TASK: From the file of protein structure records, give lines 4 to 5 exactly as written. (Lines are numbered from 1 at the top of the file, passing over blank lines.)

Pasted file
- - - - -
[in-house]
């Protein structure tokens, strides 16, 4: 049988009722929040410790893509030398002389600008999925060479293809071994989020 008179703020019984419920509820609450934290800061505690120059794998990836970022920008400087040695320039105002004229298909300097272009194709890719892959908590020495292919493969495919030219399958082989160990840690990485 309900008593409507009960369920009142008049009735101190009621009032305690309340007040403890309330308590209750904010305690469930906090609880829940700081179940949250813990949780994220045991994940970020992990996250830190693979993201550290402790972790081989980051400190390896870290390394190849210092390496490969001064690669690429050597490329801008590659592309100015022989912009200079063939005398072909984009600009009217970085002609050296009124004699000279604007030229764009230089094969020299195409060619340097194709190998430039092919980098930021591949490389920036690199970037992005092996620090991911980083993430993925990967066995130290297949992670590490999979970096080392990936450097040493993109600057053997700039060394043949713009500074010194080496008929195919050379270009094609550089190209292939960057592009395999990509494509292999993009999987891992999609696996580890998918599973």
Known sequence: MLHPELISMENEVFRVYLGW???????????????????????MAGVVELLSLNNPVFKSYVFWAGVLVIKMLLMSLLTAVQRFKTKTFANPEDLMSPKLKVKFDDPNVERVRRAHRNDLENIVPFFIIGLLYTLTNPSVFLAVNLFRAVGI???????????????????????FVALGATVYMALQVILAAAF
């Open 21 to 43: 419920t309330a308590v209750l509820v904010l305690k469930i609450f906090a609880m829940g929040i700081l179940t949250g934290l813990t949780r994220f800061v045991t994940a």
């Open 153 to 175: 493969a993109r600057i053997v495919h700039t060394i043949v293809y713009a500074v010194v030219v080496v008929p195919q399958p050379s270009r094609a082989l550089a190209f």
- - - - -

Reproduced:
């Open 21 to 43: 419920t309330a308590v209750l509820v904010l305690k469930i609450f906090a609880m829940g929040i700081l179940t949250g934290l813990t949780r994220f800061v045991t994940a």
């Open 153 to 175: 493969a993109r600057i053997v495919h700039t060394i043949v293809y713009a500074v010194v030219v080496v008929p195919q399958p050379s270009r094609a082989l550089a190209f």